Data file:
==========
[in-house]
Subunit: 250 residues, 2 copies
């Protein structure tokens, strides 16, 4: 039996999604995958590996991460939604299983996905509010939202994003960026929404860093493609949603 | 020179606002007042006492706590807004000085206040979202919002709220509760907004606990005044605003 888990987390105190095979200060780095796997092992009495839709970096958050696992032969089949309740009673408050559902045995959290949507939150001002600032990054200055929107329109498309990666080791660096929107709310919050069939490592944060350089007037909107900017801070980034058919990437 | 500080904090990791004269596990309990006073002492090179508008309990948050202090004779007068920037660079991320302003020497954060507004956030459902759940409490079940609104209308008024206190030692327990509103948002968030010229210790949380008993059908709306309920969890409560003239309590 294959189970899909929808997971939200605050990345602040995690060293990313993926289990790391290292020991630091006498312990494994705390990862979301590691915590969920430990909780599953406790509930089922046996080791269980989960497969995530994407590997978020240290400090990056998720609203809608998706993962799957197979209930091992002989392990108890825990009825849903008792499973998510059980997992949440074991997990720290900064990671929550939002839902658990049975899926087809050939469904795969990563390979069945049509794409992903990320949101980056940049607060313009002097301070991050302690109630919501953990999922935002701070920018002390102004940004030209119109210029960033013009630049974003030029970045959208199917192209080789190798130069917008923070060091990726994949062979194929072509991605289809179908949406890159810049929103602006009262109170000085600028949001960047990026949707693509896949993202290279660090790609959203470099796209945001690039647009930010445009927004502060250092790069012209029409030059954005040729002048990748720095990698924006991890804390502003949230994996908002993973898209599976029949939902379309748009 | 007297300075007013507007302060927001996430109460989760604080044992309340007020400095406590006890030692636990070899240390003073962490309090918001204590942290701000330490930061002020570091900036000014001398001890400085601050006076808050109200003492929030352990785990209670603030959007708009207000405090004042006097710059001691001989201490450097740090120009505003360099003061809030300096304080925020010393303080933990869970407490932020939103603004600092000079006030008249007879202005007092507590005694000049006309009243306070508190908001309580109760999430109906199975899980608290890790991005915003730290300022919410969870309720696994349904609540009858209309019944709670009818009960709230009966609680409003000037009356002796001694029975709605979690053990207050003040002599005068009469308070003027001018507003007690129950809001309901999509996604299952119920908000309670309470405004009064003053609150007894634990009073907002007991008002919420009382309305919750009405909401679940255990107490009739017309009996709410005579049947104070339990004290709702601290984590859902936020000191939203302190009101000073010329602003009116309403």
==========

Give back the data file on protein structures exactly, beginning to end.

[in-house]
Subunit: 250 residues, 2 copies
């Protein structure tokens, strides 16, 4: 039996999604995958590996991460939604299983996905509010939202994003960026929404860093493609949603 | 020179606002007042006492706590807004000085206040979202919002709220509760907004606990005044605003 888990987390105190095979200060780095796997092992009495839709970096958050696992032969089949309740009673408050559902045995959290949507939150001002600032990054200055929107329109498309990666080791660096929107709310919050069939490592944060350089007037909107900017801070980034058919990437 | 500080904090990791004269596990309990006073002492090179508008309990948050202090004779007068920037660079991320302003020497954060507004956030459902759940409490079940609104209308008024206190030692327990509103948002968030010229210790949380008993059908709306309920969890409560003239309590 294959189970899909929808997971939200605050990345602040995690060293990313993926289990790391290292020991630091006498312990494994705390990862979301590691915590969920430990909780599953406790509930089922046996080791269980989960497969995530994407590997978020240290400090990056998720609203809608998706993962799957197979209930091992002989392990108890825990009825849903008792499973998510059980997992949440074991997990720290900064990671929550939002839902658990049975899926087809050939469904795969990563390979069945049509794409992903990320949101980056940049607060313009002097301070991050302690109630919501953990999922935002701070920018002390102004940004030209119109210029960033013009630049974003030029970045959208199917192209080789190798130069917008923070060091990726994949062979194929072509991605289809179908949406890159810049929103602006009262109170000085600028949001960047990026949707693509896949993202290279660090790609959203470099796209945001690039647009930010445009927004502060250092790069012209029409030059954005040729002048990748720095990698924006991890804390502003949230994996908002993973898209599976029949939902379309748009 | 007297300075007013507007302060927001996430109460989760604080044992309340007020400095406590006890030692636990070899240390003073962490309090918001204590942290701000330490930061002020570091900036000014001398001890400085601050006076808050109200003492929030352990785990209670603030959007708009207000405090004042006097710059001691001989201490450097740090120009505003360099003061809030300096304080925020010393303080933990869970407490932020939103603004600092000079006030008249007879202005007092507590005694000049006309009243306070508190908001309580109760999430109906199975899980608290890790991005915003730290300022919410969870309720696994349904609540009858209309019944709670009818009960709230009966609680409003000037009356002796001694029975709605979690053990207050003040002599005068009469308070003027001018507003007690129950809001309901999509996604299952119920908000309670309470405004009064003053609150007894634990009073907002007991008002919420009382309305919750009405909401679940255990107490009739017309009996709410005579049947104070339990004290709702601290984590859902936020000191939203302190009101000073010329602003009116309403």